While still doing research, she goes back year after year as an educator, bringing polar scientists to Antarctica. Her research focuses on the ultraviolet photobiology of marine organisms, identifying strategies for protection from UV exposure.

It’s no easy task getting there. To reach her destination at McMurdo Station, Dr. Karentz flies to New Zealand. Then, she boards a military cargo plane for eight hours. Getting to the Antarctic Peninsula requires yet another flight to Tierra del Fuego, the Southern-most tip of South America, followed by a five-day trip aboard an icebreaker ship to an almost other-worldly spot.

“It’s just a beautiful place to be with fantastic landscapes,” she describes. “There’s nowhere else like it on Earth. It’s incredible.”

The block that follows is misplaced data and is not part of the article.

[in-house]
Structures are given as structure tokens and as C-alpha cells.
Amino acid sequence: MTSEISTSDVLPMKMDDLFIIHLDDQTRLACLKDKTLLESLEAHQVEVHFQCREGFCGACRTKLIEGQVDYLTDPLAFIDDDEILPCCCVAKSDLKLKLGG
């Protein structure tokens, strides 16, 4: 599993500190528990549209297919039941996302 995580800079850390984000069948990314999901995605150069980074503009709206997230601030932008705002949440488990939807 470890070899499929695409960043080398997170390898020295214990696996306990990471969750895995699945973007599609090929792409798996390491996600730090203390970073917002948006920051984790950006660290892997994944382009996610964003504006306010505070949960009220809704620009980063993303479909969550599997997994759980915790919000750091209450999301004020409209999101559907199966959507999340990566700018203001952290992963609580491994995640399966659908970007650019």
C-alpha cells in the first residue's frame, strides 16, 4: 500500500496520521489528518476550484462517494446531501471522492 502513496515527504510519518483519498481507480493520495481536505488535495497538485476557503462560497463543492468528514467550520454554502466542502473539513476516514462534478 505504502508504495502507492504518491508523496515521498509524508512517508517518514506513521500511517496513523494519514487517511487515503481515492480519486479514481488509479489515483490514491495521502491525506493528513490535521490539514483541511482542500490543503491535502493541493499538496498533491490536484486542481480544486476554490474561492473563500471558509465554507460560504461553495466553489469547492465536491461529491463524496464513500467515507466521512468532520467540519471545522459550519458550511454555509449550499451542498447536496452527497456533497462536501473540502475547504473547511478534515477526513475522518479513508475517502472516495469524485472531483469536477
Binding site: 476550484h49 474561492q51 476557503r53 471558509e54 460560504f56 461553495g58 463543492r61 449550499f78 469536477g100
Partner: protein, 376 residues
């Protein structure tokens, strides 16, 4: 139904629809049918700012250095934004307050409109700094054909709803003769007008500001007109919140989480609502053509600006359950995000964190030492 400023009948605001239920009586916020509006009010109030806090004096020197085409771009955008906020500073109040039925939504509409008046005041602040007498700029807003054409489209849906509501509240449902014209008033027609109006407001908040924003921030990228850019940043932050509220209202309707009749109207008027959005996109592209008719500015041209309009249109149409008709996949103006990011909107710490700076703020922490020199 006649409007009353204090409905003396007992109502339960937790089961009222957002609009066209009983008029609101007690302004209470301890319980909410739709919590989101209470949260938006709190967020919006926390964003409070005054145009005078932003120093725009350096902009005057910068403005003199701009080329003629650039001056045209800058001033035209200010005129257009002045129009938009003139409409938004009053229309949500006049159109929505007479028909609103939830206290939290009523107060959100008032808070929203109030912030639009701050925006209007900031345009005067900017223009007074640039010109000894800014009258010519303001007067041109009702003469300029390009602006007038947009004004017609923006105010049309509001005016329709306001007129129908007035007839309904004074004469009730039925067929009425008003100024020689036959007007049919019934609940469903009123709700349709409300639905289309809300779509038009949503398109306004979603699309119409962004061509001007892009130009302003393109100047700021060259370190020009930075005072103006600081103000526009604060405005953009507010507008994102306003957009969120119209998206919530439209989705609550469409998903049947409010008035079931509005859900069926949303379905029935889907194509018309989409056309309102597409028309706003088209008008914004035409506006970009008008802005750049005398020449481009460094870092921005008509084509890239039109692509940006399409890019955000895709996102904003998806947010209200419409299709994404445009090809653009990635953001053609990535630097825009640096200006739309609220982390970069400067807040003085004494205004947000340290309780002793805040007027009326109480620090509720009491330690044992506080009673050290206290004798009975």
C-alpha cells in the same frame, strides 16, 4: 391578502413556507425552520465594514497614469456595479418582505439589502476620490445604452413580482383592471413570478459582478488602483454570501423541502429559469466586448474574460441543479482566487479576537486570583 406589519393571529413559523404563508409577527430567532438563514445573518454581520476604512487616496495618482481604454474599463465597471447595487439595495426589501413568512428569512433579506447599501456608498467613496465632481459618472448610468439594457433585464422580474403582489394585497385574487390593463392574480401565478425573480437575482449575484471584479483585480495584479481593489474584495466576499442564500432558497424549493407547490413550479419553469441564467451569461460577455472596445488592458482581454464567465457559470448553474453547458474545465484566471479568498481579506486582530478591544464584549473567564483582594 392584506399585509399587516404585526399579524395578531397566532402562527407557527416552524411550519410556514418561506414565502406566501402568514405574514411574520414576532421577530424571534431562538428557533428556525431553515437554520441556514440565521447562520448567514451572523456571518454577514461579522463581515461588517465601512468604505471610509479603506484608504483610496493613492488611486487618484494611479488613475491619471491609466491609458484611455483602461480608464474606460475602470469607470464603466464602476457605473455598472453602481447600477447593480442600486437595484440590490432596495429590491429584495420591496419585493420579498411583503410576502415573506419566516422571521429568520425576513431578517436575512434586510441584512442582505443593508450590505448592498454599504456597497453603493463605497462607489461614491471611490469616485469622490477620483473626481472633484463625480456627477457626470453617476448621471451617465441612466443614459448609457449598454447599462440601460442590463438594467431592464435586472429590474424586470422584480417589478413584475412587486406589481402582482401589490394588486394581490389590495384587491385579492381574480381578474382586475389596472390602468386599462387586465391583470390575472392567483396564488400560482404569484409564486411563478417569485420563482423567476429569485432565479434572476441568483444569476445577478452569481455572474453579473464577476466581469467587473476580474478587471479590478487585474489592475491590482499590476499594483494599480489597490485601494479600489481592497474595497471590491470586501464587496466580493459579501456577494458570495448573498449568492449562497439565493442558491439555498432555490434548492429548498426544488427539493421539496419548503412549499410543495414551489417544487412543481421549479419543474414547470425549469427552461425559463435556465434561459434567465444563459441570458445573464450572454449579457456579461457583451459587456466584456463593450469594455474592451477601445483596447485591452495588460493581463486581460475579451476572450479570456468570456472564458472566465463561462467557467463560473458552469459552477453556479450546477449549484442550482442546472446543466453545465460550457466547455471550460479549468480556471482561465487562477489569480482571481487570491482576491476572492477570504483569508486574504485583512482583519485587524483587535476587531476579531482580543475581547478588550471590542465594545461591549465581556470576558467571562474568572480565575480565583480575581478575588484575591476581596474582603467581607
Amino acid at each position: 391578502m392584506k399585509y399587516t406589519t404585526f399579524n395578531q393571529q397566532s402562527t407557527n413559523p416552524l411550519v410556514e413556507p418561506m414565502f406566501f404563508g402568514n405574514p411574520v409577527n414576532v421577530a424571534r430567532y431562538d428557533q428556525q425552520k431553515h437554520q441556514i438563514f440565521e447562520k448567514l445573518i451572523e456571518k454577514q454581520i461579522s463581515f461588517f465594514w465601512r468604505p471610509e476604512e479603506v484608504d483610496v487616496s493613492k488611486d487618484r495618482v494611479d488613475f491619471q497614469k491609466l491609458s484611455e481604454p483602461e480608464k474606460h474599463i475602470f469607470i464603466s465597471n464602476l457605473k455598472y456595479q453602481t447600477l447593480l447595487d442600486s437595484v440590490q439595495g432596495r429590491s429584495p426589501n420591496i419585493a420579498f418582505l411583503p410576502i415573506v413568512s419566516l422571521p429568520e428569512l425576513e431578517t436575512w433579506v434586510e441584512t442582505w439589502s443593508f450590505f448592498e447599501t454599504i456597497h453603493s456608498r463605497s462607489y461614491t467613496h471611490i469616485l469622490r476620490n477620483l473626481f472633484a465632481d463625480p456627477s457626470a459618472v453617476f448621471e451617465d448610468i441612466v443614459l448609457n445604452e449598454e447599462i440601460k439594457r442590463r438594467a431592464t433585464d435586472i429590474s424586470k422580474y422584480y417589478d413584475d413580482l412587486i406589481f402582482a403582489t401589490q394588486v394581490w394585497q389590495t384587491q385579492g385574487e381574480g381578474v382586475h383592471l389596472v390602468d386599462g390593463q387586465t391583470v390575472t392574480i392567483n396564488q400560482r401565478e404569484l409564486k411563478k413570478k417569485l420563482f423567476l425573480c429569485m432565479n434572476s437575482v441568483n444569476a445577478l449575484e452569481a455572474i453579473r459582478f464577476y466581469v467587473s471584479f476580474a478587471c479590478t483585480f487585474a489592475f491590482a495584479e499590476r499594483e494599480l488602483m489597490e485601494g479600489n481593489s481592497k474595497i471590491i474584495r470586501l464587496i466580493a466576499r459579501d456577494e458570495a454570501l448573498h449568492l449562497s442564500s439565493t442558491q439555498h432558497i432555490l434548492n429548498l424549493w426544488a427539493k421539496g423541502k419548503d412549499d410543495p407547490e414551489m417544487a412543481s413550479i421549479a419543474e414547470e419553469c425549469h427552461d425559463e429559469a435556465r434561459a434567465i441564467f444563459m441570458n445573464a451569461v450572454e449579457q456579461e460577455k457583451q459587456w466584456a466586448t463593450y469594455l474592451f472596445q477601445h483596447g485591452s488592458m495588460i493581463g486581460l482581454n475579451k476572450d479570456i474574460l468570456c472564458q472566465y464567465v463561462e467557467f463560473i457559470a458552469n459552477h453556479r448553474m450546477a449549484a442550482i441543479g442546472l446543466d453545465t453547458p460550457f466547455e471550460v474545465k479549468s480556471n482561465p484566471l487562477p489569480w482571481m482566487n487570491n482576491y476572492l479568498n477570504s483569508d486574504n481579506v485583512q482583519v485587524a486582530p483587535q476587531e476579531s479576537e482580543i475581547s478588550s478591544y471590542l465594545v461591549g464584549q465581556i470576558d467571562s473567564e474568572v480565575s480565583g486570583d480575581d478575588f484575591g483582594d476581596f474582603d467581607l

While most people would shun such a mission, Dr. Karentz feels privileged to be there, experiencing life in such a remote place, far removed from ordinary civilization.

Deneb grew up in Jamestown, RI, daughter of Rose and Varoujan Karentz, turning to athletics in high school as a 2-sport captain to complement a proud academic standing.

She’s been a Californian since 1983, serving on the School Board for Krouzian-Zekarian-Vasbouragan (KZV) Armenian School. She’s also active on the Bay Area Support Committee for Armenia’s Cosmic Ray Division, a local group that raises funds for research on cosmic rays at the Alikhanian Physics Institute in Armenia.